A Washington University in St. Louis clinic announced Monday that it will no longer prescribe puberty blockers and cross-sex hormones to minors for gender transition due to a new Missouri law that it says “creates unsustainable liability” for health care workers.
Washington University Transgender Center at St. Louis Children’s Hospital said it will refer current patients receiving gender transition care to other providers while continuing to offer support for minors through education and mental health services, as well as medical care for those aged 18 and above.
In June, Missouri Gov. Mike Parson (R) signed legislation banning gender-affirming care for individuals under 18. Although the law allows patients of Washington University’s Transgender Center to continue treatment, it also permits them to sue doctors who prescribe hormones to minors for malpractice up to 15 years after they turn 18 or 21 years after the treatment was given — significantly longer than the typical two-year statute of limitations for most medical malpractice lawsuits in the state. Because of this change in the law, the center said it was “untenable” to continue offering these services to minors.
“We are disheartened to have to take this step. However, Missouri’s newly enacted law regarding transgender care has created a new legal claim for patients who received these medications as minors,” a university statement reads. “This legal claim creates unsustainable liability for health-care professionals and makes it untenable for us to continue to provide comprehensive transgender care for minor patients without subjecting the university and our providers to an unacceptable level of liability.”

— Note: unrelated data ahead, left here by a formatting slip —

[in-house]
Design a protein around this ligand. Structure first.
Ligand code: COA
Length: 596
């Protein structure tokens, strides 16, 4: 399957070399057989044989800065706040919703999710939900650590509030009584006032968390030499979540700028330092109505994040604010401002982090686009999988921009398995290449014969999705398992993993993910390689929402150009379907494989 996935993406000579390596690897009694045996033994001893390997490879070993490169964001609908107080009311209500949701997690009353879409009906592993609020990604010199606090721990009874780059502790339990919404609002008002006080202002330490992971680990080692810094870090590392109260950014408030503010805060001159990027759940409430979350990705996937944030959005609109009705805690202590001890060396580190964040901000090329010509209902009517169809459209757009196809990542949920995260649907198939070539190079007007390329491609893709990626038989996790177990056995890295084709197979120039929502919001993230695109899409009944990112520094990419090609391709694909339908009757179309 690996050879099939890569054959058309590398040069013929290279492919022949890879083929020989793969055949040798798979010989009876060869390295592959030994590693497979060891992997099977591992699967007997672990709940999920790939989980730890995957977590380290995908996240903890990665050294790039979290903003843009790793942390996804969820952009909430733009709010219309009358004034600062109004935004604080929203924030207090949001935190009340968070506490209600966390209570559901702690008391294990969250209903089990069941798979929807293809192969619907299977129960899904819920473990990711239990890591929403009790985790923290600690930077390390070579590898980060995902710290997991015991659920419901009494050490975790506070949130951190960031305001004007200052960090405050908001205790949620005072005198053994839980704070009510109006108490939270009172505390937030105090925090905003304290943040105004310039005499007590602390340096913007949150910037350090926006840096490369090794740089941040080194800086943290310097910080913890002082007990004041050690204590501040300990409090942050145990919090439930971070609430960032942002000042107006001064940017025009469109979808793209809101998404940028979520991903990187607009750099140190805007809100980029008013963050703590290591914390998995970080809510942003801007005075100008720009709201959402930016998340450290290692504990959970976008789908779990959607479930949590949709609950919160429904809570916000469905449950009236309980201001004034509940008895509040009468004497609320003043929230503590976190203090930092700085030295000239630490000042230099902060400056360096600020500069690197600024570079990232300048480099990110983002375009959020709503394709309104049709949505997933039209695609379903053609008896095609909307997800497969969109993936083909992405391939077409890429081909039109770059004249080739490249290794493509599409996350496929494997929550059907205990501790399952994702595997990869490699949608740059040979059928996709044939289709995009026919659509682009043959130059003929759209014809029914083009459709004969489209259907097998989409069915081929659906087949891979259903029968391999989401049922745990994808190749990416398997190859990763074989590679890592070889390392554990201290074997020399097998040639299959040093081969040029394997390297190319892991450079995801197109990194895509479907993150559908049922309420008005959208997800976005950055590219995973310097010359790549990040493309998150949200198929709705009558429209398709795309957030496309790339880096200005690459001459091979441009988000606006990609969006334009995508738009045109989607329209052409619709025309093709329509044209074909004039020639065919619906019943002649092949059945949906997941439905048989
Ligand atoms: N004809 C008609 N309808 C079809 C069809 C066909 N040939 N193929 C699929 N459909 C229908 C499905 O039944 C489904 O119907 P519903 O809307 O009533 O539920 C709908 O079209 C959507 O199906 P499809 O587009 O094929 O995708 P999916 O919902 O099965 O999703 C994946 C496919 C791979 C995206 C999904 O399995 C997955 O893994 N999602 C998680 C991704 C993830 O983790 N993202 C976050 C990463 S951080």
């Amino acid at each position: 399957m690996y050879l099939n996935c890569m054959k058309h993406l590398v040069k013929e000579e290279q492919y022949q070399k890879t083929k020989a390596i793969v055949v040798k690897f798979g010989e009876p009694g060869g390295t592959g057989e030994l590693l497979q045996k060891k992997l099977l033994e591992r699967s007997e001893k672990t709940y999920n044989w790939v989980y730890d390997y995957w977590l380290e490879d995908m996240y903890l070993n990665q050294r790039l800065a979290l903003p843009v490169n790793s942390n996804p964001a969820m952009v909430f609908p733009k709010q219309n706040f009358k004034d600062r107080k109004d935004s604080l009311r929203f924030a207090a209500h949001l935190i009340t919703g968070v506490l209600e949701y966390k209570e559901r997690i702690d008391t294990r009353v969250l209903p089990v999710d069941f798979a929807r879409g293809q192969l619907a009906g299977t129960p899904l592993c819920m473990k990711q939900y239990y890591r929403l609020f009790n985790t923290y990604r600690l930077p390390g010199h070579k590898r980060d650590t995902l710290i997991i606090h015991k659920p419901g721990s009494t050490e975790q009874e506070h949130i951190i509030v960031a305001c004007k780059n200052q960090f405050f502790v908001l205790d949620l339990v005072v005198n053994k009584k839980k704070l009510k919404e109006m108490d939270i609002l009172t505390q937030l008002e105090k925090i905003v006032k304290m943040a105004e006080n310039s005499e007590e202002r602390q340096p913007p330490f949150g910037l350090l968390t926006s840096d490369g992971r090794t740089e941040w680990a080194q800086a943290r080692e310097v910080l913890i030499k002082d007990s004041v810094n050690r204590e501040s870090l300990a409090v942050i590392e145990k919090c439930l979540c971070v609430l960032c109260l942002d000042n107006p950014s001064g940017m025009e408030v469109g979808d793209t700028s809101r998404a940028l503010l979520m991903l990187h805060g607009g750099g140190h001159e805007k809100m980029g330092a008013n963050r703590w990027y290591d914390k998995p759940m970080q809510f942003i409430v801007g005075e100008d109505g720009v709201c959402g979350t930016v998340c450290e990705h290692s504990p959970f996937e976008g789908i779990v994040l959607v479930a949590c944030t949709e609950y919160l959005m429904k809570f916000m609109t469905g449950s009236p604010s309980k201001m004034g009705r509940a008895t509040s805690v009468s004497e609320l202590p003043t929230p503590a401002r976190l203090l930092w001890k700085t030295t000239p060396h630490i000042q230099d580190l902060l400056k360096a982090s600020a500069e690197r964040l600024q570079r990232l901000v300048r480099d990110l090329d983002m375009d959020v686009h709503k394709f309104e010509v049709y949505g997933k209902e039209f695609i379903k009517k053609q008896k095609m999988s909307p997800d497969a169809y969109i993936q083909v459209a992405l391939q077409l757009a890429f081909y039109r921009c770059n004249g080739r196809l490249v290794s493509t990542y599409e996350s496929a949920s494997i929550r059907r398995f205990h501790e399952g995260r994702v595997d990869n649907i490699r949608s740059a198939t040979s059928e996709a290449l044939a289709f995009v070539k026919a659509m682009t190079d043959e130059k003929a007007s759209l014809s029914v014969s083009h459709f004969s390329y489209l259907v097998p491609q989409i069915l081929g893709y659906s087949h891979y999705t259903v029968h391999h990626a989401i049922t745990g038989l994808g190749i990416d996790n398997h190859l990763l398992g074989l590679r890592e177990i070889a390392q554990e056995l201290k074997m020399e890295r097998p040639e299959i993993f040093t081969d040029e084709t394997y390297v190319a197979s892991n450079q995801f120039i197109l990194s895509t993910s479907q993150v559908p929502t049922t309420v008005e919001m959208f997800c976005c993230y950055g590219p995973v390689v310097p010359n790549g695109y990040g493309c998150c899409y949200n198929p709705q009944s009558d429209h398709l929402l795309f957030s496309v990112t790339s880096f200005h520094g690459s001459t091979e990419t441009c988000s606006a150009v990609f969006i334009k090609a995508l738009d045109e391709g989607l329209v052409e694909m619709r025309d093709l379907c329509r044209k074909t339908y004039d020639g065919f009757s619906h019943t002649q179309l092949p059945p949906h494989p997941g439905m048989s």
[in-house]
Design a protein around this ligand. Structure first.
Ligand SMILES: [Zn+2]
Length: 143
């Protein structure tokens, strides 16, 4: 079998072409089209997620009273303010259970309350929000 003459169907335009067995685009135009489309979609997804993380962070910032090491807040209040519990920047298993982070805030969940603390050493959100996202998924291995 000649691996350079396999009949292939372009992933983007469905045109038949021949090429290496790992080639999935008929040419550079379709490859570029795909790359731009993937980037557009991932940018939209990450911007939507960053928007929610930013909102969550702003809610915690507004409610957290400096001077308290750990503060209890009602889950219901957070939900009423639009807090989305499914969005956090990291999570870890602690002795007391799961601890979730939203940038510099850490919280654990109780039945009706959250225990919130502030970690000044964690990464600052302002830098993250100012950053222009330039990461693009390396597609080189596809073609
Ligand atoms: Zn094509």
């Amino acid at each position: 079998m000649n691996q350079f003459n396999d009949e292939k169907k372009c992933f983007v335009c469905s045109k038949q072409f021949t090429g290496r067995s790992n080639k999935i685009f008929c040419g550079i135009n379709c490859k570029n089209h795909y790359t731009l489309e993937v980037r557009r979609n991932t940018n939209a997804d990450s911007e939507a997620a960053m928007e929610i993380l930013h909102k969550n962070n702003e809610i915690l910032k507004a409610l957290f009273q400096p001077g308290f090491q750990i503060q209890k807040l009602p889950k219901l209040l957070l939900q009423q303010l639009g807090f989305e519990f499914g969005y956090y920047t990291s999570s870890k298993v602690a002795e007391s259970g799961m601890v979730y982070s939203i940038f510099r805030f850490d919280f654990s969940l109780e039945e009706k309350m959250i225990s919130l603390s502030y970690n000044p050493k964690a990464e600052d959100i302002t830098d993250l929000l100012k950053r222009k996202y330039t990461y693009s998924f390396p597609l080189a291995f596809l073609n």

In February, the clinic took center stage in the transgender medical care debate after former case manager Jamie Reed filed a whistleblower complaint alleging that practitioners didn’t provide adequate mental health assessments before prescribing gender-affirming medication and didn’t offer sufficient communication of treatment risks to parents. These allegations prompted ongoing investigations by Missouri’s Attorney General Andrew Bailey and Senator Josh Hawley, both Republican.
Most major medical organizations, including the American Medical Association, the American Academy of Pediatrics, and the World Professional Association for Transgender Health, have opposed the bans on gender-affirming care for minors. These organizations have stated that such laws are harmful to transgender youth and violate their right to access medically necessary care.
Lawsuits have been filed in several states where bans on transgender medical care for youth were enacted this year, including Arkansas, Florida, Kentucky, Tennessee, and Texas. In June, a federal judge in Arkansas struck down the state’s ban, citing violations of due process and equal protection rights for transgender youth and their families. The judge also rejected the claim that the treatments were experimental.